fbpx

When Memory is Under Assault

Memorials are meant to be, like the name Yad Vashem signifies, everlasting. How are we to forge paths of reconciliation, understanding and lasting peace upon the ashes of memorials themselves?
[additional-authors]
March 2, 2022
Our delegation to Kyiv in October 2021. Photo courtesy Rabbi Andy Bachman

Russian President Vladimir Putin’s attack on the Babi Yar site today proved to be a particularly egregious shock to people of conscience, in light of the fact that the Holocaust memorial was just dedicated in October. Not only does war bring death and destruction, the immoral loss of innocent life, grotesque and tragic in its own right. But there is something particularly galling about at attack on a site that commemorates the genocidal slaughter of more than 100,000 innocents in the European continent’s last war, 80 years ago.

Memorials are meant to be, like the name Yad Vashem signifies, everlasting. How are we to forge paths of reconciliation, understanding and lasting peace upon the ashes of memorials themselves?

Putin’s brazen assault on Ukraine has me thinking of friends I made in Kyiv last October, where I traveled with several New York state and city leaders for the 80th anniversary commemoration of the Babi Yar massacre, the Nazi massacre of 33,771 Jews on September 29-30, 1941. The site had been a memory wasteland of the Holocaust until last year, when the Ukrainian government made the critically important decision to lean in to this dark history, testify to its own people’s complicity in Nazi genocide, and create a new way forward in history.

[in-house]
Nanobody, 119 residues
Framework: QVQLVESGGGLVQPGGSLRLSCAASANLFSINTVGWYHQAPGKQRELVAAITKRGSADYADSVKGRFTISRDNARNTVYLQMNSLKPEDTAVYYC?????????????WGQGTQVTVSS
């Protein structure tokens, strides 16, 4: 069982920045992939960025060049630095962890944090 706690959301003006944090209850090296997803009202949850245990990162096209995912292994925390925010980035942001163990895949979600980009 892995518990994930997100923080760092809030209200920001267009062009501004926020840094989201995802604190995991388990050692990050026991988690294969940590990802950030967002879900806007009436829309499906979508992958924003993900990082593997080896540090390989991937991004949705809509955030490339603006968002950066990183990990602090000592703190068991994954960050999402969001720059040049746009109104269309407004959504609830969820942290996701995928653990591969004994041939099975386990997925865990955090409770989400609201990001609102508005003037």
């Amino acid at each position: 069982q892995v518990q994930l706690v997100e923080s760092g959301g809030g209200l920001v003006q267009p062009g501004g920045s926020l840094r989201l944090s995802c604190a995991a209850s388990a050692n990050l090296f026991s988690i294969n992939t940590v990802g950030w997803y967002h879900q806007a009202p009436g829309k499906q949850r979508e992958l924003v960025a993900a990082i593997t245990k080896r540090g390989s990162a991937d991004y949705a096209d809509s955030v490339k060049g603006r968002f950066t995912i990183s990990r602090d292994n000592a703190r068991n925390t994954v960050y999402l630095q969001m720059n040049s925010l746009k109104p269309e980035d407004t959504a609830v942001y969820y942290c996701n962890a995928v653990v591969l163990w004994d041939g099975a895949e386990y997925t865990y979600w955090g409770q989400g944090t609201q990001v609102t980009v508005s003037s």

As guests of the Ukrainian government and the Assembly of Nationalities of Ukraine, we met members of the Ukrainian parliament, journalists, human rights and democracy activists and artists, and heard a consistent message of the Ukrainian desire to strengthen its democratic institutions, to orient itself to freedom of expression and openness to other democracies in the world.  

We attended the memorial event presided over by President Volodomyr Zelensky of Ukraine, President Isaac Herzog of Israel and President Frank-Walter Steinmeier of Germany, where the Munich Philharmonic played Shostakovich’s 13th Symphony, “Babi Yar,” based on Yevtushenko’s monumental poem about the massacre.

People of all faiths prayed and meditated at Marina Abromovic’s chilling installation, “Crystal Wall of Crying,” and as a rabbi, I said the Mourners’ Kaddish, one of Judaism’s most sacred prayers, at the killing site where images of Ukrainian Jewry were projected on to the trees in the ravine where by war’s end, more than 100,000 Jews and others were brutally murdered.  

We met with leaders of the Ukrainian Church, laid wreaths at a memorial to Ukrainian soldiers who died in defense of their eastern border, and again recited prayers of mourning and consolation at the Holodomor memorial to the 3.2 million Ukrainians starved to death by Stalin in 1932-33.

It is hard to describe how deeply moving these encounters were. And while bombs drop on cities throughout Ukraine, our delegation’s WhatsApp lights up with messages of concern, strength and love to our new friends and allies who are experiencing a potential European continental war that was unimaginable just a few years ago.

Peace and reconciliation begin not at the negotiating table but at such intimate encounters that we experienced: breaking bread, speaking openly, grieving and hoping together. War and those who would wage it disrupt these redemptive acts of peace. War is the dystopian underbelly of the best of the human condition, which sees each of us as made in the Divine image, seeking peace, pursuing it and reaching for a mutuality of understanding.  

One of the most moving moments of the trip occurred when our delegation stumbled upon the dedication ceremony of a Tripping Stone, a small brass marker placed in front of the home where a Jewish family was taken by Nazis, marched to the ravine at Babi Yar, and killed. There we met Raisa Mastrenko, now an elderly Jewish resident of Kyiv who was pulled from the ravine by her non-Jewish grandmother, rescued and hidden for the duration of the war.